Meal tracking can be a useful tool. It may help to see where the gaps are in your diet in terms of protein, vitamins and minerals, quality carbohydrates and healthy fats. Especially if you’re feeling symptoms like low energy, nighttime hunger and low satisfaction after meals, which can all be remedied by making some fairly simple changes to your diet. However, meal tracking can also become an unhealthy habit if doing it takes away the joy from eating, or you find your relationship with food becoming a challenge. Like anything else, there is a balance to strike between tracking your meals (if you enjoy it) and permitting yourself to make food choices based on cravings, environment and taste as opposed to numbers. Holidays included! Here are a few tips to help you strike the right balance for you.
EXPLORE WHAT MIGHT BE MISSING
As I mentioned above, the most beneficial reason for tracking meals is to identify what might be missing in your diet that is affecting how you feel. Since schedules can be thrown off during the holidays, tracking meals can help you make sure you’re nourishing your body even while juggling parties, tree lightings and travel. You may find you’re feeling really hungry mid-day, and because you have the data, realize it might be because you’re skimping on carbs or protein at lunch, or were too rushed to eat breakfast all week. If this sounds familiar, then tracking meals during the holidays could be a good way to make sure you’re still taking care of yourself amidst the chaos and stress you may be experiencing.
CHECK IN ON YOUR RELATIONSHIP WITH FOOD
This is a big one! The holiday season is as good a time as any to check in on your relationship with food, and how meal tracking is affecting it (or not!). If you find yourself restricting certain foods because you don’t want to put them in your tracker for fear of not meeting your goals, or if you’re thinking about food all the time, feel you’re missing out on holiday treats, or think it’s only OK to eat certain things if you “work them off” or “save up your calories,” it’s time to step away from the tracker. A healthy habit can become unhealthy if your behaviors start to affect your quality of life and you become too controlling or obsessed with food and exercise. If this sounds like you, working on your relationship with food should be a priority, and finding a registered dietitian for support and guidance can be a game-changer. Life is too short to feel stressed around food.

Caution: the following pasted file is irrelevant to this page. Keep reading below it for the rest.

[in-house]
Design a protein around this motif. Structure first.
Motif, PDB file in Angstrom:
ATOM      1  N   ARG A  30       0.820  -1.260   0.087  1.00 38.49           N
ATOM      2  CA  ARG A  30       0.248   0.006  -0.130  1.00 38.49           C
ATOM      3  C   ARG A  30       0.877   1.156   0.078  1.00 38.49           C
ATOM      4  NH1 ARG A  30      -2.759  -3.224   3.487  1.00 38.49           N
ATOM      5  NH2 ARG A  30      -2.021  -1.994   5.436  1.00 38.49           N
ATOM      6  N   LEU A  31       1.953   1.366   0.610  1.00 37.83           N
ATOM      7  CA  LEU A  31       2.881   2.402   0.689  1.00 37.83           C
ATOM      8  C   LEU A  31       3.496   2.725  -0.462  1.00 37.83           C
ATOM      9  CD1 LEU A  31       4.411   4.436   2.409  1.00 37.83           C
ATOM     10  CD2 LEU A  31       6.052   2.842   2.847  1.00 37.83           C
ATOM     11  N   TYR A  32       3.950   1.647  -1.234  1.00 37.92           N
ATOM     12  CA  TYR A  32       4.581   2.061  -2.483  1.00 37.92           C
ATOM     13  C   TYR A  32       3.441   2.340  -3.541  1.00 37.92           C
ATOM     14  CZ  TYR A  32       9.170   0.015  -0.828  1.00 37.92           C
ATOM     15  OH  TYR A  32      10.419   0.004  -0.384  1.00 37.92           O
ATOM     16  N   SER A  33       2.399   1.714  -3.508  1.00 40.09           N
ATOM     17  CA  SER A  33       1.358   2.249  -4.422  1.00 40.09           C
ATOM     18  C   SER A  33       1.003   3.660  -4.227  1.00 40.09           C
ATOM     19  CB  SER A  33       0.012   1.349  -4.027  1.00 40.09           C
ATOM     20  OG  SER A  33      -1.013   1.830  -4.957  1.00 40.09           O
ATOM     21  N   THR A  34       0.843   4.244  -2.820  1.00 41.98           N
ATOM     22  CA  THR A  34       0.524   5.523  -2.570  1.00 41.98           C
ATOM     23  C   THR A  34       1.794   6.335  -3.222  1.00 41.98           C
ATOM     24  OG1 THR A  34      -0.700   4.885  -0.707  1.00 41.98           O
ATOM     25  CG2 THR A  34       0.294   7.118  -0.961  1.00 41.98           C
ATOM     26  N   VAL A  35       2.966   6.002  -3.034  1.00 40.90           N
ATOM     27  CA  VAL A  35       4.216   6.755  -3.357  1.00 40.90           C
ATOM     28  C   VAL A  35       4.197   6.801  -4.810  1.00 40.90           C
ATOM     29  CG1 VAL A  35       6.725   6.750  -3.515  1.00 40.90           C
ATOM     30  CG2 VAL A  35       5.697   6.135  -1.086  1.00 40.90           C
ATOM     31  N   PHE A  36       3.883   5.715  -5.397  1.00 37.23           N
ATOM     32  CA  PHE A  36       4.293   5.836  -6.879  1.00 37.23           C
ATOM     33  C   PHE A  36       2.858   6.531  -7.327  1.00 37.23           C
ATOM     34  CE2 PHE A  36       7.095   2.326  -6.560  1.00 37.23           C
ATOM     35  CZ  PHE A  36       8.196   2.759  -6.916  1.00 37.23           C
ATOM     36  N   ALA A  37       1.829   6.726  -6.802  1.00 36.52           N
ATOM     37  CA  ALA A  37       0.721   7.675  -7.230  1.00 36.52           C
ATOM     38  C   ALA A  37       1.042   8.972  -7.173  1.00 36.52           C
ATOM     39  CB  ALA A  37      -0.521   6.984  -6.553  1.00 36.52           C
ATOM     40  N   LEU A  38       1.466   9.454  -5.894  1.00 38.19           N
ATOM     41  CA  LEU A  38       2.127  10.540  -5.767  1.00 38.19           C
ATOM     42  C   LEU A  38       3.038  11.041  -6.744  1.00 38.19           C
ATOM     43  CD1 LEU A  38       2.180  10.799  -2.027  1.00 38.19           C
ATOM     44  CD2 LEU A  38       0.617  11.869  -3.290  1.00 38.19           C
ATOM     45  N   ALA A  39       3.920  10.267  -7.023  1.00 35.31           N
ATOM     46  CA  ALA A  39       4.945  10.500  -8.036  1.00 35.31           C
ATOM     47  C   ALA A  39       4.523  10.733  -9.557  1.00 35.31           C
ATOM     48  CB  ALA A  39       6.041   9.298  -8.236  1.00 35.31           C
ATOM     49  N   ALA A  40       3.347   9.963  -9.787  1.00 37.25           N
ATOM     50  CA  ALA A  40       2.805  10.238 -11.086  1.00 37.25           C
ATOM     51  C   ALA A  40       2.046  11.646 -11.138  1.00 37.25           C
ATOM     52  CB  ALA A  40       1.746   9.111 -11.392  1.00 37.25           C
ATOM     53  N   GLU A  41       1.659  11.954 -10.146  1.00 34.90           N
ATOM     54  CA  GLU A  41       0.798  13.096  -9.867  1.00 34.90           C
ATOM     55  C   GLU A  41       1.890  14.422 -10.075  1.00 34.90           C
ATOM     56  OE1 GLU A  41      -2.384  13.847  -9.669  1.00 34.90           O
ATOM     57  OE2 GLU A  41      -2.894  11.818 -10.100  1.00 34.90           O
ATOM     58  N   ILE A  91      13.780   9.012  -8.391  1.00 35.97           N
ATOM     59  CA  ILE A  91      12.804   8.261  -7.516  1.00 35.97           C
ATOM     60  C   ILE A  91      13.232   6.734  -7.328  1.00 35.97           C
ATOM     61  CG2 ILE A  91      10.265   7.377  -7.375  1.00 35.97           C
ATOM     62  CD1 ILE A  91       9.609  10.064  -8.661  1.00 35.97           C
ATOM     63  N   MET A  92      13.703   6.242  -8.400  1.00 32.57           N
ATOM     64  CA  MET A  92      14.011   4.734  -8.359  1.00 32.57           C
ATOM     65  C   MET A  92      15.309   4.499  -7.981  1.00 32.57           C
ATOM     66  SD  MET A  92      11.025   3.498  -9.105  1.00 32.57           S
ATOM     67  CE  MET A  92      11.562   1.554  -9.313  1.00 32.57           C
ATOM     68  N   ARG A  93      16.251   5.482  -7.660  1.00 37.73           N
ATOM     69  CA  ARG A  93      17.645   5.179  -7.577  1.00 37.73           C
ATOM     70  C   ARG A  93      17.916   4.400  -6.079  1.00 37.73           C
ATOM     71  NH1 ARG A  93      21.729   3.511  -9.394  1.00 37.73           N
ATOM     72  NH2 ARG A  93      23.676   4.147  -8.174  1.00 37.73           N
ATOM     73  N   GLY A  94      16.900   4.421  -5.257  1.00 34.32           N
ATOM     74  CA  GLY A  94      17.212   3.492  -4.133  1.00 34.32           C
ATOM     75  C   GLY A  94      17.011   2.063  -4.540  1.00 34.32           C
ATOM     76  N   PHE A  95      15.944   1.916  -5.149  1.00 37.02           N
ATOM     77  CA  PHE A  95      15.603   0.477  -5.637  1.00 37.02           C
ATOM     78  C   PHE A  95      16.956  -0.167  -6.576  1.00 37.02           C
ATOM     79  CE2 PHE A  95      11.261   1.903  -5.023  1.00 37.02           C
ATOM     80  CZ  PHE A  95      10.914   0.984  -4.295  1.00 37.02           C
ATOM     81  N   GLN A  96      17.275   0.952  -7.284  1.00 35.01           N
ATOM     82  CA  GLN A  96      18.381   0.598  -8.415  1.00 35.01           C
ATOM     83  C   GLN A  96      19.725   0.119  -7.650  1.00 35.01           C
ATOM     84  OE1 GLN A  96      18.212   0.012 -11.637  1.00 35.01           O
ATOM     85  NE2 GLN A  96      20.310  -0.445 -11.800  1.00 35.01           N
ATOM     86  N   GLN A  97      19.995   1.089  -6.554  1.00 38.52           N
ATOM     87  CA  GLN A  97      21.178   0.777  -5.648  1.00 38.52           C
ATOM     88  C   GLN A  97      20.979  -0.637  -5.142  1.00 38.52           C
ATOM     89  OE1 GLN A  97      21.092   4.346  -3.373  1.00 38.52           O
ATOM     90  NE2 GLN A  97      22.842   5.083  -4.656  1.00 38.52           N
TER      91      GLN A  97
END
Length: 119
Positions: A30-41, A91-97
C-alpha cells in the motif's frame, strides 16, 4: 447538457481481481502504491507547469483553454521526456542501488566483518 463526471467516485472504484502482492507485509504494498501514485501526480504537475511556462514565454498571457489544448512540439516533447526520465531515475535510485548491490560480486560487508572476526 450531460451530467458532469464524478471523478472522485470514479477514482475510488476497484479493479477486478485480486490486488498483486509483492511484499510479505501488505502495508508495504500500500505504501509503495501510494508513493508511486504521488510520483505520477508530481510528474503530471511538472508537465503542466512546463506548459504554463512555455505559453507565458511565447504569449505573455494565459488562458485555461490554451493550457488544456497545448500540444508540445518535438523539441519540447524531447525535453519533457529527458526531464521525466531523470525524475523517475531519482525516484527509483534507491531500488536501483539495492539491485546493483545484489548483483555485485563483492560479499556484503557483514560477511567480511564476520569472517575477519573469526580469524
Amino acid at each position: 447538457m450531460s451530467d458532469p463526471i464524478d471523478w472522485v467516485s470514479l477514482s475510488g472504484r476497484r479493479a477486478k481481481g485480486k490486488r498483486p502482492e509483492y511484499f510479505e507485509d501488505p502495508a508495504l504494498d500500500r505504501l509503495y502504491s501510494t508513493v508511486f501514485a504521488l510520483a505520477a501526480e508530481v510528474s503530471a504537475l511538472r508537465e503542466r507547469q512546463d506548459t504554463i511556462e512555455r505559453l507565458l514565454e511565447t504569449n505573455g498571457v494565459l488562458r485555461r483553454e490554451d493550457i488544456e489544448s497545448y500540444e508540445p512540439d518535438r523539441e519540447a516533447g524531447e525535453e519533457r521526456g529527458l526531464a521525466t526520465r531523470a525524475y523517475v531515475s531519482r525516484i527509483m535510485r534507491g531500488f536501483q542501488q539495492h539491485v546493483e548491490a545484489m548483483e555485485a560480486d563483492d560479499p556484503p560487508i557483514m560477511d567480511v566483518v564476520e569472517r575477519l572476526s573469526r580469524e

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DROP THE ALL-OR-NOTHING THINKING
The question of “to track or not to track” during the holidays also reminds me of the all-or-nothing thinking clients come to me with, which is heavily influenced by diet culture. Eating and food choices should not be “good” or “bad” with nothing in between, and you’re not being “good” if you track your meals and “bad” when you don’t. This is where food neutrality can be very helpful — putting all foods in a neutral playing field can take the pressure off of feeling like you have to be on one extreme or the other. Knowing you can eat a holiday cookie on a random Tuesday just as much as you can have it at a holiday party, and that it can be tracked or not, is key.
A FEW DAYS WON’T MAKE OR BREAK ANYTHING (UNLESS YOU LET IT)
If you’ve been diligently tracking your meals leading up to the holidays, it can be easy to see where a couple of holiday dinners or brunches exceed your typical numbers or goals. Instead of feeling stressed, like you did something wrong, or that you need to restrict your diet in the days to come, know it’s going to be just fine. An indulgent meal or two doesn’t make or break anyone’s nutrition unless they let it affect them and their food choices for the days and weeks to come.
THE BOTTOM LINE
You have full permission to track or not track your meals during the holidays (and any time!). It can be super helpful to see where nutritional gaps in your diet might be in a busy time of year, and to fill them in so you feel your best. If you’re struggling with your relationship with food, which can be extra challenging during the holidays, stepping away from meal tracking might be what you need to do for your mental and physical health. Always ask yourself why you’re partaking in certain behaviors, and whether or not they are serving you at any given time — holidays included!
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